The Value of Social Work Campaign Champions Program
Social Worker Champion: Abby Lidster
Overcoming the unique challenges of working in the north
Abby Lidster understands the unique circumstances of being a social worker in northern Saskatchewan. Families experience isolation, travel long distances (sometimes to several locations) just to get groceries and fuel, and experience extreme poverty that can make it difficult for them to leave the community and get the resources they require.
“Not only do families experience a lack of resources, but the workers do as well as there is very limited resources to refer families to in such small, isolated communities,” she said. “Therefore planning as a social worker must be creative in that there are unique challenges each community faces that you must be aware of and willing to address.”
Despite the challenges, Lidster appreciates working in the north and connecting with other professionals, Elders and Indigenous Child and Family Services in a team approach to solving problems.
For the last two years, Lidster has been a Child Protection Worker with the Saskatchewan Ministry of Social Services in Child and Family Programs. Her caseload is primarily located in Sandy Bay, Creighton, Denare Beach, and Pelican Narrows so she travels frequently throughout the north.
Her role is to assess and determine child safety and to work with families to address risk factors that affect child safety through interventions, education and support. She is also responsible for children or youth who are admitted to the care of the Ministry on a long or short term basis ensuring that their needs are met and they remain connected to their families.
“I have a passion for helping other people and I was always looking for opportunities to support others in my life,” she said. “My friends throughout my life would often come to me for advice and support. When I began volunteering with the Battlefords Boys and Girls Club I loved working with the children and youth who attended our programming. I believe that being able to have a career that allows me to work with children and their families is what led me to social work.”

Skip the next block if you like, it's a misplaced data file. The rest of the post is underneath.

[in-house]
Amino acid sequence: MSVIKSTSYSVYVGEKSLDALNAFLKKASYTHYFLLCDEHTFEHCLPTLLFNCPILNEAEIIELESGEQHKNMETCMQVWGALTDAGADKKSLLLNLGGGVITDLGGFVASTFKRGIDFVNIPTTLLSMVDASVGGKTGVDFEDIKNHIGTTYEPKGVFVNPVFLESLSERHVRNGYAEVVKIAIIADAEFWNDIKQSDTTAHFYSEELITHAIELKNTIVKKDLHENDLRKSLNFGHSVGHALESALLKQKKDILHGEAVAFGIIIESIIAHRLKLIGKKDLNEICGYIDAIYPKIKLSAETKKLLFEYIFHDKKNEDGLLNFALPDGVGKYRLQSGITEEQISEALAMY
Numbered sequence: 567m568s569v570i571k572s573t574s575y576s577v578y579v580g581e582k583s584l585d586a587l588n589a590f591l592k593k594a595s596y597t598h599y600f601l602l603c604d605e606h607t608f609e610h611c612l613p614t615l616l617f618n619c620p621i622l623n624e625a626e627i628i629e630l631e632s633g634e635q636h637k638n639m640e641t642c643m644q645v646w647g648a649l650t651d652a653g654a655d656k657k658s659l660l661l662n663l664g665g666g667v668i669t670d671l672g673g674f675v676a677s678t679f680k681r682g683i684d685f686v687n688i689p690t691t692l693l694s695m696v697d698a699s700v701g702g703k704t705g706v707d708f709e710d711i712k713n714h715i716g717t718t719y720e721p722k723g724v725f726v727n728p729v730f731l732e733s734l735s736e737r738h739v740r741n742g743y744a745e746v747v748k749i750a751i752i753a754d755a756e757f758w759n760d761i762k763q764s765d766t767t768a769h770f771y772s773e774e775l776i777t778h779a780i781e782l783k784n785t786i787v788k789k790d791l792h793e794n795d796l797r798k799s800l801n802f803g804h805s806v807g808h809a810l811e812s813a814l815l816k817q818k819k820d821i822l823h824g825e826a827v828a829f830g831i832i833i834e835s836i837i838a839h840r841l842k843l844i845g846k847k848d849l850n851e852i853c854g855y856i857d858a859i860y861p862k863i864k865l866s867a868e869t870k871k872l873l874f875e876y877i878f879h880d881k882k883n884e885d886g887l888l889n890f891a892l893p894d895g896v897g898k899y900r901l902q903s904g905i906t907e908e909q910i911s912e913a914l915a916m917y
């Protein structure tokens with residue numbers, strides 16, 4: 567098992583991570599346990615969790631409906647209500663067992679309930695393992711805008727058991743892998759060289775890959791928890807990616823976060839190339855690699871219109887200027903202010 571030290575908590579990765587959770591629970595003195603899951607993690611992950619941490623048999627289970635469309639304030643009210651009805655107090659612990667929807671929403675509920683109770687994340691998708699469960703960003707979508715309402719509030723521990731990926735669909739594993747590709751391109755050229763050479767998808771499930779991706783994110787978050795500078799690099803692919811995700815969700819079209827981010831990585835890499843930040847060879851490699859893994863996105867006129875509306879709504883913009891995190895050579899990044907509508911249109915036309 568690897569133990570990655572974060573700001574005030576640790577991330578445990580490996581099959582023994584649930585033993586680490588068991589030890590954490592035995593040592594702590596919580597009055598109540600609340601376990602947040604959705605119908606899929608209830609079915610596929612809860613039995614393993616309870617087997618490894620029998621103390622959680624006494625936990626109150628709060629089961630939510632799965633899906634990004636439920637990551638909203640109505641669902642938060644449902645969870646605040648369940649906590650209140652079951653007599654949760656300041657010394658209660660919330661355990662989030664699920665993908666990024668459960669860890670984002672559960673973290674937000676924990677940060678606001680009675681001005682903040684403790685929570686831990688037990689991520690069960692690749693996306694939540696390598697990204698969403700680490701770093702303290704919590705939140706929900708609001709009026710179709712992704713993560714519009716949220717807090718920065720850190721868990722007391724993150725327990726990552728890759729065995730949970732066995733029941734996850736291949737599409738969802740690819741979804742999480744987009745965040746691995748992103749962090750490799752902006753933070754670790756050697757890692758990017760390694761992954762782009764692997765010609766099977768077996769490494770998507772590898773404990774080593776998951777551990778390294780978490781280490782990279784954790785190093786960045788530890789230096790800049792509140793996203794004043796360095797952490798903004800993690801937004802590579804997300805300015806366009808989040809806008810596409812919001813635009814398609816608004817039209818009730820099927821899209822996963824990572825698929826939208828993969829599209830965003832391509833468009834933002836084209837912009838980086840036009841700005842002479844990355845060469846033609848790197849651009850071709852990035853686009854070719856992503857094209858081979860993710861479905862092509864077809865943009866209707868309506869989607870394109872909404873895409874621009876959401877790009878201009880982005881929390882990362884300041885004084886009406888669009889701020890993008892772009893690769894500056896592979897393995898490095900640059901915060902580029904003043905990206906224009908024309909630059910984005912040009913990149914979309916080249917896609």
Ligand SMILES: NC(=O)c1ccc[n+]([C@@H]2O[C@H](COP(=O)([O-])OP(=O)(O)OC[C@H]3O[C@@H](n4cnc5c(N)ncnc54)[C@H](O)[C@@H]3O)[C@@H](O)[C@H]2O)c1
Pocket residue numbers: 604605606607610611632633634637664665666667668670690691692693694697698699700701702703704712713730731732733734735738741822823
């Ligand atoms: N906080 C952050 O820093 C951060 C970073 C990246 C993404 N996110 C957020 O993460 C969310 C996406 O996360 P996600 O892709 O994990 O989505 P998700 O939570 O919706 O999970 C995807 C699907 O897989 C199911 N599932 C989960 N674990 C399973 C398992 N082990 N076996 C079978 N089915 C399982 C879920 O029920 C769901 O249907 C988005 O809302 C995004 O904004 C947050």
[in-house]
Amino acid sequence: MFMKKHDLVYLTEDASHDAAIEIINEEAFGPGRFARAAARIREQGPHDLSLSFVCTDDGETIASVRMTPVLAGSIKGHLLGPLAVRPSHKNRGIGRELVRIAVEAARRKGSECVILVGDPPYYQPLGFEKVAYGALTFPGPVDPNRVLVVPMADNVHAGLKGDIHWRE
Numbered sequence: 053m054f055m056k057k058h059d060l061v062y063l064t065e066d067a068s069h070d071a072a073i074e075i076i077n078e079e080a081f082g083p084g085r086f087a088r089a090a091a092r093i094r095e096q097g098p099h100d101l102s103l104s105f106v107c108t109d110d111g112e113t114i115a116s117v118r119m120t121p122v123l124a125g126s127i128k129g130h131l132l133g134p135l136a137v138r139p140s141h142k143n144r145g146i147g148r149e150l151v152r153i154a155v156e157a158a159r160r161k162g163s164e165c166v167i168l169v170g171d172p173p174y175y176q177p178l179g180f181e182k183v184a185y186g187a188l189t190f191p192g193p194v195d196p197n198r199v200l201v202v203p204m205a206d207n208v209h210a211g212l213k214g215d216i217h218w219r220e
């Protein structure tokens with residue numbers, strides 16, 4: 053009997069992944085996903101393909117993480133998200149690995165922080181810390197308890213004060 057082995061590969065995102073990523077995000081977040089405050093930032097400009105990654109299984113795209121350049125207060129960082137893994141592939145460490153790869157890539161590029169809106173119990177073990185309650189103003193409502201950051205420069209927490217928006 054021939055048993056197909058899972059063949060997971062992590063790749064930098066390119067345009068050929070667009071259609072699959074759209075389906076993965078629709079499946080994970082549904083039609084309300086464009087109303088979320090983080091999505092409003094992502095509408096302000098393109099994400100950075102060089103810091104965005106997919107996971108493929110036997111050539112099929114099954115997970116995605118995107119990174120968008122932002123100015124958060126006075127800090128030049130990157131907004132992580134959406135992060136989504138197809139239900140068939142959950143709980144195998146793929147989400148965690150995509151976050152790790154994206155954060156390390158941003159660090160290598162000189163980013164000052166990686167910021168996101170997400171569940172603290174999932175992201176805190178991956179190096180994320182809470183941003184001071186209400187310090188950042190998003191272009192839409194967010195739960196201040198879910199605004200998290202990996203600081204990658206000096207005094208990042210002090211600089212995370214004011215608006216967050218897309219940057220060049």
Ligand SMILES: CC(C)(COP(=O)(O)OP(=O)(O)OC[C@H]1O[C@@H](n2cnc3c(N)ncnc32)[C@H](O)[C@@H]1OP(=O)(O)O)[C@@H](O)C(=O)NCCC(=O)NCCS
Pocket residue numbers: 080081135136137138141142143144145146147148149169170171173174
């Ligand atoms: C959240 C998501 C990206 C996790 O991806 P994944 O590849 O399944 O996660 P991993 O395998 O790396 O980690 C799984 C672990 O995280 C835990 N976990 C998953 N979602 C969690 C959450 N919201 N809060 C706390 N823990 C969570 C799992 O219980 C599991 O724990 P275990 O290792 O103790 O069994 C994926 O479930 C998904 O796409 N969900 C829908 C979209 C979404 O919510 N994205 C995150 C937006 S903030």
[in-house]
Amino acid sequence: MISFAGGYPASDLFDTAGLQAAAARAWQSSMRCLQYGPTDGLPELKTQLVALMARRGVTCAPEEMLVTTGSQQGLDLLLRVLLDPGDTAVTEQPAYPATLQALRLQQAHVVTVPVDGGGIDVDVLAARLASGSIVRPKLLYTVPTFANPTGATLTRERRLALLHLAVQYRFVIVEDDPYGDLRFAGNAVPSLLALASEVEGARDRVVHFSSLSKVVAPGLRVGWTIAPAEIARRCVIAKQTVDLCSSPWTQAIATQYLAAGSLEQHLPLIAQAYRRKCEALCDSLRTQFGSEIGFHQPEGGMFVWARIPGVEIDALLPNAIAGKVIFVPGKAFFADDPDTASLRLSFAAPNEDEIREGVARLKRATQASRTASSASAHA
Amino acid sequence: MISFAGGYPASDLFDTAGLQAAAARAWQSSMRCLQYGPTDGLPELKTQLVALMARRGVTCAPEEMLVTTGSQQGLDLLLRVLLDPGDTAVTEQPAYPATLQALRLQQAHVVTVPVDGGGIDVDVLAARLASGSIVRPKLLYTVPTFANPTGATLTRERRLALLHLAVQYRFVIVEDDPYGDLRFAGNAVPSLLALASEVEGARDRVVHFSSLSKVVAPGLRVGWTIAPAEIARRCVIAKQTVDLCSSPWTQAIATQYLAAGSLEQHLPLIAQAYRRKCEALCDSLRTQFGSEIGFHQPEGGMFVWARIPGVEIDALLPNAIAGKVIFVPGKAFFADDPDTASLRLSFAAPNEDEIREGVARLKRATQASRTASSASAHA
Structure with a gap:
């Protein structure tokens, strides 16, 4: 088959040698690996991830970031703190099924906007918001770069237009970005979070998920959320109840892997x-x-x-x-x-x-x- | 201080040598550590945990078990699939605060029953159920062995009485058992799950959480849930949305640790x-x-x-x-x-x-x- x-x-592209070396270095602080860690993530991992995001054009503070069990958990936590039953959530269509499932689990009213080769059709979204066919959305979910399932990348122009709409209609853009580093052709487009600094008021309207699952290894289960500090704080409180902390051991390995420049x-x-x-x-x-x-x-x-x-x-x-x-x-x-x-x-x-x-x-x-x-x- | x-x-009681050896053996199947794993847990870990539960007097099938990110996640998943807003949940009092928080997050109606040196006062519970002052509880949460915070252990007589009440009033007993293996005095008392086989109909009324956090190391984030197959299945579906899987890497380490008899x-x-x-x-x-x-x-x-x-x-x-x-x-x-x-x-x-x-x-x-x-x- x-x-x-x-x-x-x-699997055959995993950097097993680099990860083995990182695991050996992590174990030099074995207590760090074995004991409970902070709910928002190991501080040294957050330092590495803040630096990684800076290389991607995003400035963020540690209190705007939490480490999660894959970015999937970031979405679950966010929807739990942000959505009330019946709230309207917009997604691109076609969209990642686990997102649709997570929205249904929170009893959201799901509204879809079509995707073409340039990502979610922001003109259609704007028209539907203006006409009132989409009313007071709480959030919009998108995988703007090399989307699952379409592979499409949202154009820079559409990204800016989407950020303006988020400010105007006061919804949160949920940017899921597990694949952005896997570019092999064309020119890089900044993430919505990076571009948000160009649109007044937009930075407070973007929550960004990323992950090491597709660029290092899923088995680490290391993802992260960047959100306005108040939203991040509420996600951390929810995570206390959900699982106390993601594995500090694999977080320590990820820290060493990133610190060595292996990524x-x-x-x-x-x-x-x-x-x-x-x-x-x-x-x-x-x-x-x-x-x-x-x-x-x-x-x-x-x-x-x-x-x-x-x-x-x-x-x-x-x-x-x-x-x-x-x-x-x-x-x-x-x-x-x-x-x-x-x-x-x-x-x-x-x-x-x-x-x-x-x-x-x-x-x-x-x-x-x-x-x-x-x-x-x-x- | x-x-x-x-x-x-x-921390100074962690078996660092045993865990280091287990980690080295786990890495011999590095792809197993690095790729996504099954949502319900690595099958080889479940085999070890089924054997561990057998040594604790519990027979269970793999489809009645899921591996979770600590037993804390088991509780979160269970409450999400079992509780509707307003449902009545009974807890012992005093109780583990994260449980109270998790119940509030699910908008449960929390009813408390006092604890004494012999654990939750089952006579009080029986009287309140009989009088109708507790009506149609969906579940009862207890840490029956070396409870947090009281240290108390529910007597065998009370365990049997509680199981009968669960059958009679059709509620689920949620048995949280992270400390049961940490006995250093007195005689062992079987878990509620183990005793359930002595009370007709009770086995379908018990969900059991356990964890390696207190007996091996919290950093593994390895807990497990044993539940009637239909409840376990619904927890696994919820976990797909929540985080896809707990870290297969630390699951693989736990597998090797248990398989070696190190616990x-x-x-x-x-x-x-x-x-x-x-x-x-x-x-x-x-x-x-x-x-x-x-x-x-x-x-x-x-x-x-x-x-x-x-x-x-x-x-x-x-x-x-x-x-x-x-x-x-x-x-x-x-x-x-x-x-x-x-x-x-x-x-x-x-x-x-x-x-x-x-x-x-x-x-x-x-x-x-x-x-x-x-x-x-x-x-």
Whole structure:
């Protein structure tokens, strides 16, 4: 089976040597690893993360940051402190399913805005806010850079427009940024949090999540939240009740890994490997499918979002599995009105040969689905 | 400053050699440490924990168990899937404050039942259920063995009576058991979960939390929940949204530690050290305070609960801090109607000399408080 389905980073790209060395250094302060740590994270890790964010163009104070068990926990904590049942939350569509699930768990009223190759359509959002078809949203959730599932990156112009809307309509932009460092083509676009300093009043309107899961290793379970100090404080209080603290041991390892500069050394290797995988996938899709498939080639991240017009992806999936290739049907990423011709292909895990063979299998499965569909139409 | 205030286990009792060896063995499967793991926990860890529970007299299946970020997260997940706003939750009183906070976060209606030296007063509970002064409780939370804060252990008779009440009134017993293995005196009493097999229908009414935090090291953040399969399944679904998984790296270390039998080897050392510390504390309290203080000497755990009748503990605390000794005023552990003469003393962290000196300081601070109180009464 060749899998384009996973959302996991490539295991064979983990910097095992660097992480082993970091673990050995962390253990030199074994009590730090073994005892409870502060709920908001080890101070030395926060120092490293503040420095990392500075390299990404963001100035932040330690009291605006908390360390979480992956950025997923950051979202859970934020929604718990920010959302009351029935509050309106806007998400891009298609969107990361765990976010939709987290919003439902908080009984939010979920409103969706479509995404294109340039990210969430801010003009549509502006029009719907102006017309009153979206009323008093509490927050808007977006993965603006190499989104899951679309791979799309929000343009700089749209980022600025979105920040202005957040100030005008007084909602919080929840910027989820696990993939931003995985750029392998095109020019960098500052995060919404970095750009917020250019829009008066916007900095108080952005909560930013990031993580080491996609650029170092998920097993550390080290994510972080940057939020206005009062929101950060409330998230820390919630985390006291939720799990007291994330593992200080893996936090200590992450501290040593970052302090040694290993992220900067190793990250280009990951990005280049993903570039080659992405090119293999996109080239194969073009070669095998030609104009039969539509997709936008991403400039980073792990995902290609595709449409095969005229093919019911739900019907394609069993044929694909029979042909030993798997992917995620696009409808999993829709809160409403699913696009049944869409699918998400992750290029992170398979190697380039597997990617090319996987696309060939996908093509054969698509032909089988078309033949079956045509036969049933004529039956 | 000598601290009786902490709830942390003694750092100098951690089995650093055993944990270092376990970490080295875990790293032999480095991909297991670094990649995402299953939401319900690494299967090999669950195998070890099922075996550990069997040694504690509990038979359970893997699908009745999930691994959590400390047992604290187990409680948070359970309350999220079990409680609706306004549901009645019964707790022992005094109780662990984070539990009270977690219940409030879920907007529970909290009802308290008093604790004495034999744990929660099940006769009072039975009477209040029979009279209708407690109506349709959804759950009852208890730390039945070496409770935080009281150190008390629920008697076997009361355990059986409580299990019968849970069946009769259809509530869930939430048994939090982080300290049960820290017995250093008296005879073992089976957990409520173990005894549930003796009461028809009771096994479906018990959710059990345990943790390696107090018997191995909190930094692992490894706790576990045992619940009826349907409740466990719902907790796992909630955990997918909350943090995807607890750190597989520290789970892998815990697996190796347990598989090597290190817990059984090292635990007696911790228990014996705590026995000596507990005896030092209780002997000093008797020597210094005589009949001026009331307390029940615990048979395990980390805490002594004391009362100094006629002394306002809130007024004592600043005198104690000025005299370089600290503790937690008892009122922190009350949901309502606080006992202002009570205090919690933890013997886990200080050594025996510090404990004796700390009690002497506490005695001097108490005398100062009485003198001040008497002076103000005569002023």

Lidster took her first year of Social Work while living in North Battleford through the distance education program from the University of Regina. The following year she was accepted into the University of Manitoba Social Work Program and moved to Winnipeg to obtain her Bachelor of Social Work.
Her first practicum involved supporting youth who had court-mandated community service hours and her second practicum was to support elementary students in a Winnipeg school division. During this time she also worked in the Boarding Program at Balmoral Hall School with international adolescent and teenage girls.
“From these roles I learned of my love for working with youth and their families,” said Lidster. “Following this degree I returned to rural Saskatchewan and got a term job with Social Services in Nipawin. I enjoyed my work and the support that I receive working in this office and then applied for a permanent position once one was available.”
Lidster has had many rewarding experiences throughout her career. She said that it’s truly rewarding each time she works with a youth or family and they tell her their story or let her know that she can be trusted.
Last summer she organized a camp for the Sandy Bay/Pelican Narrows Youth in Care and Custody Network. Seeing the youth having fun, cooking, learning about smudging and traditional medicines from an Elder, swimming, and playing charades was a valuable experience.
“I believe that the most meaningful experience I have had thus far as a social worker was when myself and my coworkers were presented with eagle feathers by the Elder James Burns. This was in recognition for our work with families that supports reconciliation and healing by incorporating cultural competence into our everyday work. This experience reminded me that decolonization is an everyday act that one does through their work and that even social workers working within the systems of government have the power to make change that can support reconciliation.“
Lidster said that she considers social workers as navigators of the confusing systems that we all live in. She believes that social workers help make sense of arbitrary concepts and complicated systems and have the ability to be creative in problem solving for families and youth. She also believes that social workers help provide families with opportunities to feel supported and successful throughout their life journeys.
“If someone was considering a career in social work I would tell them that if they enjoy helping others and working with people then social work would be a great career choice. I believe that social workers are dynamic individuals who are flexible and creative in their plans and who are willing to measure success in many different ways.”